The name Steve Ince is widely known in adventure circles. In the past, that recognition has come largely from his work on the acclaimed Broken Sword series with Revolution. Now a freelance writer and designer, however, Ince is beginning to make a name all for himself. Receiving a nomination for “Best videogame script” at the Writers’ Guild of Great Britain 2008 Awards (winner still to be determined) for his latest adventure, So Blonde, certainly won't hurt the cause.
Fewer people know much about Wizarbox, a French studio that's been around for several years and yet exploded onto the adventure scene only recently with the release of So Blonde. Get used to hearing about them plenty more in future, though, as the company has taken over development of Jane Jensen's Gray Matter, even as they continue work on an "alternate reality" version of So Blonde for the Nintendo DS and Wii.
Adventure Gamers recently went behind the scenes with both Steve Ince and So Blonde's lead designer at Wizarbox, Jerome Britneff-Bondy, to ask about their collaboration on the new comic adventure and the paths that brought the two together.
Adventure Gamers: First of all, thanks to both of you for taking the time to answer our questions. Some gamers are playing So Blonde already, but it’s taking time to spread internationally, so that gives us an opportunity to discuss the game a bit more. What's been the general reaction to the game in areas where it's available, both publicly and critically? Any surprises? Any disappointments?
Steve Ince: I’ve been pleasantly surprised by all the positive reactions and reviews the game has so far received, particularly when the game has been given 8/10 and 17/20 recently. The biggest surprise, though, was the fact that the review score in the French print magazine, Joystick, was better than that given to the latest Tom Clancy game.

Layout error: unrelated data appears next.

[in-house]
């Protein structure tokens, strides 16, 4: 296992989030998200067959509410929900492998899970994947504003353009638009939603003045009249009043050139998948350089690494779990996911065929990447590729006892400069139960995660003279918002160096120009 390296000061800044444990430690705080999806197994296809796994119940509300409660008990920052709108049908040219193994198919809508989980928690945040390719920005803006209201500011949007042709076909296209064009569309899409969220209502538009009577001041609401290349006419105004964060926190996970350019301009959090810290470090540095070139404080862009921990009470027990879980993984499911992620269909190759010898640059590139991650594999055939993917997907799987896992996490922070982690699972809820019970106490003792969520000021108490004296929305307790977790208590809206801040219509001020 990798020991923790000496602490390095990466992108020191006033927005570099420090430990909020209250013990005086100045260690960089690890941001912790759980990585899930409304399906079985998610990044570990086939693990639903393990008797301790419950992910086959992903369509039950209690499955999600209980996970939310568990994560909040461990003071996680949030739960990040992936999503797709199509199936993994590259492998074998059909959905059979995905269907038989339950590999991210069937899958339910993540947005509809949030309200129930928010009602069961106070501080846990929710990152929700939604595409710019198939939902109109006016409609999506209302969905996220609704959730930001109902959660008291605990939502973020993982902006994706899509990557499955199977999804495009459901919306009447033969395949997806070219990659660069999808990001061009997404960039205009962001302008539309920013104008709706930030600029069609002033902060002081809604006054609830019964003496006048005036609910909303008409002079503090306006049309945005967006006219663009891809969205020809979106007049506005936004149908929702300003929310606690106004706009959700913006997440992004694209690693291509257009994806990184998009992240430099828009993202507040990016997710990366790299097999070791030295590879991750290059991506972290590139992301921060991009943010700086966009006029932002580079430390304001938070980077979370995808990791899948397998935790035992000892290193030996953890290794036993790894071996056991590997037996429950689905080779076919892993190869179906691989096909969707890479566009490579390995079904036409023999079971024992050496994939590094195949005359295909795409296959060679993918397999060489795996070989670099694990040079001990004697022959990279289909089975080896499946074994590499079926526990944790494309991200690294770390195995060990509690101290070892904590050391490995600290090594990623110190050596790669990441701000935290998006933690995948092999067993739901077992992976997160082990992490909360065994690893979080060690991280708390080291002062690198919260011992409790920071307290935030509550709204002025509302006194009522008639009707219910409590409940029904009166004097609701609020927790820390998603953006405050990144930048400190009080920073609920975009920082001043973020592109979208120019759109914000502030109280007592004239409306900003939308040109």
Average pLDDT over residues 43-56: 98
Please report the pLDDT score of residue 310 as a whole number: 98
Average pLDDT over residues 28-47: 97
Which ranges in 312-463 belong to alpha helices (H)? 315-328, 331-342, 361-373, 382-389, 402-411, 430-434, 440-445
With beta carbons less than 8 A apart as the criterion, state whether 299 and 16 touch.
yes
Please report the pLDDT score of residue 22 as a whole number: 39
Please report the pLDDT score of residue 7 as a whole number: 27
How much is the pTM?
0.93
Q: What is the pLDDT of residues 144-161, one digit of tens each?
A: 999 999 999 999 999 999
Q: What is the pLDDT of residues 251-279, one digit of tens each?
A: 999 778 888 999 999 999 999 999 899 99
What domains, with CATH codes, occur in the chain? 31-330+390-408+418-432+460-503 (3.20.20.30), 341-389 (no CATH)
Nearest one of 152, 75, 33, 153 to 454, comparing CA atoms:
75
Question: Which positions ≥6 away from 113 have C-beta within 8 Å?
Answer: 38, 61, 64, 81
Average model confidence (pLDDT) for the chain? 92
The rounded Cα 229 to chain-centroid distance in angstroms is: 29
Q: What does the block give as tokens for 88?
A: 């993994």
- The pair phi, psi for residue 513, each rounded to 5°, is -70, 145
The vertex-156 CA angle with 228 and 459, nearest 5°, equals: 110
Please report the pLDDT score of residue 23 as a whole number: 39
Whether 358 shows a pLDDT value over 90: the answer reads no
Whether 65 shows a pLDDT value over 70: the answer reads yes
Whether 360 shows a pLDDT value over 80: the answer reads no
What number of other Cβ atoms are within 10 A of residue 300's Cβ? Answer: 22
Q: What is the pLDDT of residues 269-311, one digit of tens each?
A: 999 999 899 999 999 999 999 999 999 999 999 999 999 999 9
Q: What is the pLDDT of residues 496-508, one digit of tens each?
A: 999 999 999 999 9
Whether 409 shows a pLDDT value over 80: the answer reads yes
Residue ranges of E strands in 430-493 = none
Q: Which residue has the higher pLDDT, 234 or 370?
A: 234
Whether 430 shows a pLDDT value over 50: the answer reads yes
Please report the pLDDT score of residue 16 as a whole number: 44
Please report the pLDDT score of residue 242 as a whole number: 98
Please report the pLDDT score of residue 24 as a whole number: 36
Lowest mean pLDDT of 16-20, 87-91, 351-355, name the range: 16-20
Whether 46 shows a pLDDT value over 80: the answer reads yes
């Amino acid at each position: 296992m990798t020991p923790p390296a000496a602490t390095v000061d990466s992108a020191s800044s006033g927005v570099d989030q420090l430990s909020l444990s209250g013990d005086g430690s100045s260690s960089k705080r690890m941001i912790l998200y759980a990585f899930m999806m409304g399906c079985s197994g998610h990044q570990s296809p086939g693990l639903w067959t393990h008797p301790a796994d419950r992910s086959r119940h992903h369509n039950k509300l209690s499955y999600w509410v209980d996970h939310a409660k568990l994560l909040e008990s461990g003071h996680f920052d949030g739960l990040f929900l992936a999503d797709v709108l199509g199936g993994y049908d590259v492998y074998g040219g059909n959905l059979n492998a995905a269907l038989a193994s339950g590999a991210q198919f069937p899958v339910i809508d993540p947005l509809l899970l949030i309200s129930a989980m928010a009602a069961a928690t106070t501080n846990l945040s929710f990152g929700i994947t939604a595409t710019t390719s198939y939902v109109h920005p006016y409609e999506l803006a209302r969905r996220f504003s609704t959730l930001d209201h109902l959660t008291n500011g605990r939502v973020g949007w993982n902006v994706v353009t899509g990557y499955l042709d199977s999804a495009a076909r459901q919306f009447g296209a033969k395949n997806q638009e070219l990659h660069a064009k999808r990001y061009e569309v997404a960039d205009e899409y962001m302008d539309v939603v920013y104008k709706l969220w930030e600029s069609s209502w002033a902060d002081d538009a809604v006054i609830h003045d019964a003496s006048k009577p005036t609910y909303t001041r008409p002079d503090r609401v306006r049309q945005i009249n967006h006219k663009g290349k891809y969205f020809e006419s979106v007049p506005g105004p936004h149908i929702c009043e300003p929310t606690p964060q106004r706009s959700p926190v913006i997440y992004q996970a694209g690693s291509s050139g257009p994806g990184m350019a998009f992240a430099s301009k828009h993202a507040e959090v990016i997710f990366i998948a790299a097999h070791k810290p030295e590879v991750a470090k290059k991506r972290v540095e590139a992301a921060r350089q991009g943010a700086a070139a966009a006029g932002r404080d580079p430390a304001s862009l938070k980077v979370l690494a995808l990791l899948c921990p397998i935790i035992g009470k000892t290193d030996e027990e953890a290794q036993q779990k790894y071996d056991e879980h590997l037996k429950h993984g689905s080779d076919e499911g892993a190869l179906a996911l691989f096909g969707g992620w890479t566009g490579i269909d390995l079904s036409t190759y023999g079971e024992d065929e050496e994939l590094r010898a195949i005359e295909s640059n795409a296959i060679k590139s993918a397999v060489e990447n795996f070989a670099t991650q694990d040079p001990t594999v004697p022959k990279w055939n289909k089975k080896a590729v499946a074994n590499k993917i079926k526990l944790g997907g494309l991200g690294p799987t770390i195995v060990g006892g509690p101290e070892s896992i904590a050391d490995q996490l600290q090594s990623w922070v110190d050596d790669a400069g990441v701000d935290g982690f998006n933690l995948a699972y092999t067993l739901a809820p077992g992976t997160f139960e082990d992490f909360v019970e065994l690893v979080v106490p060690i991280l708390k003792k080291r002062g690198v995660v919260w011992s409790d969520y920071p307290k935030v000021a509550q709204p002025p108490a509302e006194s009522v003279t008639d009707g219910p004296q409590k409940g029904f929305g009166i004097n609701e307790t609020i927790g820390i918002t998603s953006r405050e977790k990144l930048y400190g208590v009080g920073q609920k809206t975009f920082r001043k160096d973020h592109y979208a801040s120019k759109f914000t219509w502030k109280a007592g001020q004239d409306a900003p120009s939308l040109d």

Jerome Britneff-Bondy: The general reaction is really good so far, we got great reviews and ratings. This acknowledgement by our peers is of course a great satisfaction for the team but we don’t forget that only the gamers have the final cut - they decide concretely if the game is a success or not.
AG: And how about you personally? Now that the game is finished and you've had the chance to reflect on the finished product, how has the game measured up to your own goals and expectations?
SI: It’s difficult to judge the non-English versions completely, but the English version is everything I could have hoped for. The tone of the game has matched the aims we set out with. I was looking at the game again recently (not having touched it for a few months) and it felt really good doing so.
JBB: When we started the project, we hoped the game would be appreciated by both hardcore and casual gamers and this seems to be exactly what’s happening.
AG: Before looking at the completed project more closely, let's go back to the beginning. How did you come to be working together on this game in the first place?
SI: [Wizarbox CEO] Fabien [Bihour] sent me an e-mail and asked me if I was interested in working on the game. I went over to Paris, took one look at the sketches of some characters and it was love at first sight. Considering that I speak no French, it was surprising how quickly we all started seeing the same vision for the game.
JBB: People at Wizarbox brought the starting idea, which was to confront a young, pampered and modern blonde teen used to luxury and modern comfort with rude and bloodthirsty pirates. We thought this was an uncommon - so interesting - environment for an adventure game. When we needed to develop the story and push the concept forward, we contacted Steve who loved the idea and collaborated with us to make our dream come true.